I randomly stumbled on the monument to Emile Pfizer (1866-1941) who topped his columned granite circle with a quote from As You Like It:
Tongues in trees, books in the running brooks, sermons in stones, and good in every thing.
He turns out to be one of the Pfizers, president of the pharma company from 1906-1941. But I didn’t know that at the time. In that moment, I felt like he was speaking to me across the decades, reflecting a little of who he was and what he thought about the world.
Green-Wood is still an active cemetery today — one of the interesting things about it is the mixture — monuments from the 19th century next door to ones of far more recent vintage. Sometimes, to be honest, I wish they kept the contemporary markers (which can run to the garish) separated from the more stately, somber ones from the 19th and early 20th centuries.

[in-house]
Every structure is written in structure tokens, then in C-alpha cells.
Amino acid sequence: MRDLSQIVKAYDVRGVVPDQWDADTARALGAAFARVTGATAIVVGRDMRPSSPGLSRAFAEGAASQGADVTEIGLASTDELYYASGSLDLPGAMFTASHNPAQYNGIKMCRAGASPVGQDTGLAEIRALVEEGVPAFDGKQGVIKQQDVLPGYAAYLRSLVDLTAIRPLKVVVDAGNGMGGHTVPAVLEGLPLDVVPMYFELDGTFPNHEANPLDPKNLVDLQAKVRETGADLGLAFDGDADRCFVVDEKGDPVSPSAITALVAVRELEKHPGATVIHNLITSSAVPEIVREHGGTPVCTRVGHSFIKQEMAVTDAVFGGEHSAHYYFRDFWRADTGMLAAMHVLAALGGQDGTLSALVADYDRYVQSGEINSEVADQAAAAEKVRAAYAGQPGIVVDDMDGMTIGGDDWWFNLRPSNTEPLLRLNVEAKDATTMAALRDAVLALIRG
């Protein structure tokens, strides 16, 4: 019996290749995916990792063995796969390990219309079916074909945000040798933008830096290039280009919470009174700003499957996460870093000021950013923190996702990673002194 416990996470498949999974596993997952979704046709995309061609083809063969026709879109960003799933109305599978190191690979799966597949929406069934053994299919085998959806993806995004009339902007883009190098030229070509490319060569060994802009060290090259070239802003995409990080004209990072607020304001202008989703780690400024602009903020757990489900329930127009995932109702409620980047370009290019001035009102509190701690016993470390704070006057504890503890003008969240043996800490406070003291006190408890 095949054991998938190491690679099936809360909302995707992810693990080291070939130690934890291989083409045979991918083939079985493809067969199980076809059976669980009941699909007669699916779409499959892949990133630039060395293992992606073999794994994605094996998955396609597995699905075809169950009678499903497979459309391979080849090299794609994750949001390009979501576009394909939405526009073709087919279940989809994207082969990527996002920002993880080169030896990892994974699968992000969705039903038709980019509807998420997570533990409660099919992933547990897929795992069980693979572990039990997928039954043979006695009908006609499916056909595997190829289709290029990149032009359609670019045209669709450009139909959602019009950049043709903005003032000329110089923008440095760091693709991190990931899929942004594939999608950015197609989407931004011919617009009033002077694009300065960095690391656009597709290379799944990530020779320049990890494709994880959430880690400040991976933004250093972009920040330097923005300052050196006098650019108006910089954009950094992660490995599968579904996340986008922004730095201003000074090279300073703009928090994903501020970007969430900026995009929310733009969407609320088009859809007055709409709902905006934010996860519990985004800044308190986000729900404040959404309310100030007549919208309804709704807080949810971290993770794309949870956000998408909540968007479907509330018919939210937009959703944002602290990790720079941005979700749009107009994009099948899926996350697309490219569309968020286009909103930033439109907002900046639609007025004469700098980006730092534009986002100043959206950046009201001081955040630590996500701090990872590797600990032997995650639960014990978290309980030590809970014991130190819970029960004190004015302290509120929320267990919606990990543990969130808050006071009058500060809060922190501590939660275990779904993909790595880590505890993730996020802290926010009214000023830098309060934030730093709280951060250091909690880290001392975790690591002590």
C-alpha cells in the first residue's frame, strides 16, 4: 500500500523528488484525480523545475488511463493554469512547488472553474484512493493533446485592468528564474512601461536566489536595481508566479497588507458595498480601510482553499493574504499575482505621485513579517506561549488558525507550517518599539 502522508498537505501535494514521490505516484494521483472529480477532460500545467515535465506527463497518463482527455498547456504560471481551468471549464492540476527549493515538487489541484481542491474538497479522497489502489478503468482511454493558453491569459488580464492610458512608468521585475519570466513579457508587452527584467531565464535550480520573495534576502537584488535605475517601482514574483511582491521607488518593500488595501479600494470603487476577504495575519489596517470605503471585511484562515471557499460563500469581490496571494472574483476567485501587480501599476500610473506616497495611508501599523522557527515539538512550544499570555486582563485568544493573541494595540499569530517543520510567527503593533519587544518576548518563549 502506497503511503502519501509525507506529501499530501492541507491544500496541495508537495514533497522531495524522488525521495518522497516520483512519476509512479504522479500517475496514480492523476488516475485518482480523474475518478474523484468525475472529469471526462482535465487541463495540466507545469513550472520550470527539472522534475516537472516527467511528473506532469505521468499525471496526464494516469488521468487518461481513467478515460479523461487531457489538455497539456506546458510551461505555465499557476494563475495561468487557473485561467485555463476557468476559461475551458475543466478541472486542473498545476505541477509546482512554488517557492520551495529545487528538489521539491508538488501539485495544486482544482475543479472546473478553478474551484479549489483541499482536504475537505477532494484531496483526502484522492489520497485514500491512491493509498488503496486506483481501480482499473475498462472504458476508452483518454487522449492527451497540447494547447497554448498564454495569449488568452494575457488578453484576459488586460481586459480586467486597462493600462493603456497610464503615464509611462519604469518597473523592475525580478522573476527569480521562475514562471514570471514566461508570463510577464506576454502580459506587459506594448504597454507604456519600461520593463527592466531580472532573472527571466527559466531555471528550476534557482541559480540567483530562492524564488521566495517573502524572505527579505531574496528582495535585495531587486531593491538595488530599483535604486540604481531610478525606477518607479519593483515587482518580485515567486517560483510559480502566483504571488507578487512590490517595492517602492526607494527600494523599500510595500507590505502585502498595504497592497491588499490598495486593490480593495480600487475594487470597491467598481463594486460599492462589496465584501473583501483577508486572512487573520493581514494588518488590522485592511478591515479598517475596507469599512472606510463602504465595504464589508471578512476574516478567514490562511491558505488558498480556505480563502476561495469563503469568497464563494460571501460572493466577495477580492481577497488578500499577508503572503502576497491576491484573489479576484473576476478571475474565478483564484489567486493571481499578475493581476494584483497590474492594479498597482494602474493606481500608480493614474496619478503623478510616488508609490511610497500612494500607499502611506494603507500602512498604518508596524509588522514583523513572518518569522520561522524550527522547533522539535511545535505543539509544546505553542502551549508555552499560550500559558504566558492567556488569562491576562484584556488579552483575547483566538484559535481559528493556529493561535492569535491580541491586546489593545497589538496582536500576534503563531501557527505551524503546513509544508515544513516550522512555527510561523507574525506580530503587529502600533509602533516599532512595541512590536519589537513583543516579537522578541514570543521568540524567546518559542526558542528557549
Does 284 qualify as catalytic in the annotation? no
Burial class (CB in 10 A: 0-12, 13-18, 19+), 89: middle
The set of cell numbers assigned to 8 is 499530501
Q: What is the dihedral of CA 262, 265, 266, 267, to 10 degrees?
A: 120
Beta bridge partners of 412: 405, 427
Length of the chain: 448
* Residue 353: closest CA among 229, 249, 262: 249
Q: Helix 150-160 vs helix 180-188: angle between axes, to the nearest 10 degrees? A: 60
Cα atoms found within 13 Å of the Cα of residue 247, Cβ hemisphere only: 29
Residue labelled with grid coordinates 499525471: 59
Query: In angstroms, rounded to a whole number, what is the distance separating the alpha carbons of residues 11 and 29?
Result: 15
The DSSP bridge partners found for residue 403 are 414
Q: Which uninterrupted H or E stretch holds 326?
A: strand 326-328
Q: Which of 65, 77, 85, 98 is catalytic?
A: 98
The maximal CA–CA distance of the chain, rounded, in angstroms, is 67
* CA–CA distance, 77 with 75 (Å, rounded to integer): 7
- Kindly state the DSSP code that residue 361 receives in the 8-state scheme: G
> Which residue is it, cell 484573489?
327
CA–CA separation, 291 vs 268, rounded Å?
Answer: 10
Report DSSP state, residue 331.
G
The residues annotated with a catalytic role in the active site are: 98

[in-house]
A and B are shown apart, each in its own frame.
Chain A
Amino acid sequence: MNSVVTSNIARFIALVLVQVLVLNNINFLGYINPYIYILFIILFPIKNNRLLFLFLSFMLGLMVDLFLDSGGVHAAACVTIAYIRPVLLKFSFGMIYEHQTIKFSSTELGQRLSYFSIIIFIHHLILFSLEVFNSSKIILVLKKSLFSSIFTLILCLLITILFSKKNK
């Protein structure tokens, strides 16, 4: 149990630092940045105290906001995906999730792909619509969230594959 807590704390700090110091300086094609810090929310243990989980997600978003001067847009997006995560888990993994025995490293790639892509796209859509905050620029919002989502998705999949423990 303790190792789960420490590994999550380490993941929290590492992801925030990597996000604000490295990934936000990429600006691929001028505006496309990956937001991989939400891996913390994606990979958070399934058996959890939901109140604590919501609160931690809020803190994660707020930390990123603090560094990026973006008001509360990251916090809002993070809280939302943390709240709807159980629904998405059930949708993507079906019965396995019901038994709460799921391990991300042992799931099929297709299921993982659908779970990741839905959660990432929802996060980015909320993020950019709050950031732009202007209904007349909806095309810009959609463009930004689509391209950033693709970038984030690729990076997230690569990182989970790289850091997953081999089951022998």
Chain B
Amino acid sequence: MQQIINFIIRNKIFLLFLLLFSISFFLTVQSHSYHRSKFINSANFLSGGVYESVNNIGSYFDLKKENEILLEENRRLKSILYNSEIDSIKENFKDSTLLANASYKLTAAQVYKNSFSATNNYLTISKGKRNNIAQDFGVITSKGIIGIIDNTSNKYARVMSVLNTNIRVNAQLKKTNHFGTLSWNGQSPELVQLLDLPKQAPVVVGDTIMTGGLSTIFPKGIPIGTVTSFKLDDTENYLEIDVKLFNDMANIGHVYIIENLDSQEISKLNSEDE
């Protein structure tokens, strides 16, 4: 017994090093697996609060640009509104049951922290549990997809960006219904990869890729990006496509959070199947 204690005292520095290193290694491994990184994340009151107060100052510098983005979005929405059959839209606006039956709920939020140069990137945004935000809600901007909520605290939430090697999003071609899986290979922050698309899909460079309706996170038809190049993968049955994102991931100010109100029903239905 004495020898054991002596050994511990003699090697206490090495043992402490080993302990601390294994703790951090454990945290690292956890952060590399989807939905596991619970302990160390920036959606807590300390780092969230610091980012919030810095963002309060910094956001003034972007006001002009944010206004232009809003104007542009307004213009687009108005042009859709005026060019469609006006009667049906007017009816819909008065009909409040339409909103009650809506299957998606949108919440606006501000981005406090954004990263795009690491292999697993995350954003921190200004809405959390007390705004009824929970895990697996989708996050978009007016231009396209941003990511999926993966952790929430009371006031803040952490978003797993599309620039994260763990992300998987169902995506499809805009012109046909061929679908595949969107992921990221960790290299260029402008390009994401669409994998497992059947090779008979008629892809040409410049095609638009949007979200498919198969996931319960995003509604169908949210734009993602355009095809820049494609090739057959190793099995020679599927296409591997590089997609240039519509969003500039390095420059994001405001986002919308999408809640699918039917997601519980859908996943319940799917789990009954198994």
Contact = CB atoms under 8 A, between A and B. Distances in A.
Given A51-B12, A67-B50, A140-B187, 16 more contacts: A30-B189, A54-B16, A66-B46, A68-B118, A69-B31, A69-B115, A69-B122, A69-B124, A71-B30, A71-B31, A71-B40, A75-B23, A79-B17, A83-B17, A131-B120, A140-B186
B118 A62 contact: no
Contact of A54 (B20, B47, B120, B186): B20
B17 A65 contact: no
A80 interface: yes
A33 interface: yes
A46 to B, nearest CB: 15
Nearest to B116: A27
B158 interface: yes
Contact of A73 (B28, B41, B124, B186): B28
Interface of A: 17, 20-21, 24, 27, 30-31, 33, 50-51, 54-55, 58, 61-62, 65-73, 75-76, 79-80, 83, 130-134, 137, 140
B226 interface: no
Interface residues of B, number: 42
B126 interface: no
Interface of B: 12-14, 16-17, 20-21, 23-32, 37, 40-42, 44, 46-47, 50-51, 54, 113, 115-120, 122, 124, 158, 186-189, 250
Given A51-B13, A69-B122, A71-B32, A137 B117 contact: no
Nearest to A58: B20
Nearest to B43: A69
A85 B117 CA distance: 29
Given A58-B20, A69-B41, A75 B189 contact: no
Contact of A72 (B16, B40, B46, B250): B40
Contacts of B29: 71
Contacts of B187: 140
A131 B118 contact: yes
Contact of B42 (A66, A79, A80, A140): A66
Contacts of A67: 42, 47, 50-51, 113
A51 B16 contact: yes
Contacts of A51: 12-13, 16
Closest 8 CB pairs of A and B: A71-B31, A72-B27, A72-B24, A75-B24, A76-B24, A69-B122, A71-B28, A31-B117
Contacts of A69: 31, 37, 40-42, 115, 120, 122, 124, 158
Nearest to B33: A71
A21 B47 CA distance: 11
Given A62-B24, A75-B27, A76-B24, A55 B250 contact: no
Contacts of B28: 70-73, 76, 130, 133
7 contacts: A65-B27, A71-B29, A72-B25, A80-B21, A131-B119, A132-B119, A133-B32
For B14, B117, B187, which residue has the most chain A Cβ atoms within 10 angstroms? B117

That said, even though some of Green-Wood’s contemporary options for interment look slightly…odd… it’s worth recalling the through-line, people wanting to be remembered, and more importantly people who wanted to remember, in a particular, special place, those who came before.
Should You Visit Green-Wood Cemetery?
If you haven’t noticed by now, I’m biased toward cemeteries. Full disclosure: my one tattoo is of a winged hourglass, found semi-frequently on 19th century grave markers, and meaning, of course, tempus fugit.
My penchant for funerary iconography notwithstanding, I love the wonderful melding of architecture, nature, people, and time at Green-Wood Cemetery (and at Woodlawn too). Cemeteries can be museums, and Green-Wood is much more about the living than about the shadow of death. And it’s extraordinarily well worth a visit. People are… well, you know.
|Address||Main Gate: 500 25th Street (at 5th Avenue), Brooklyn|
|Cost||General Admission: Free. Unless you want to stay permanently. Then it’ll cost you.|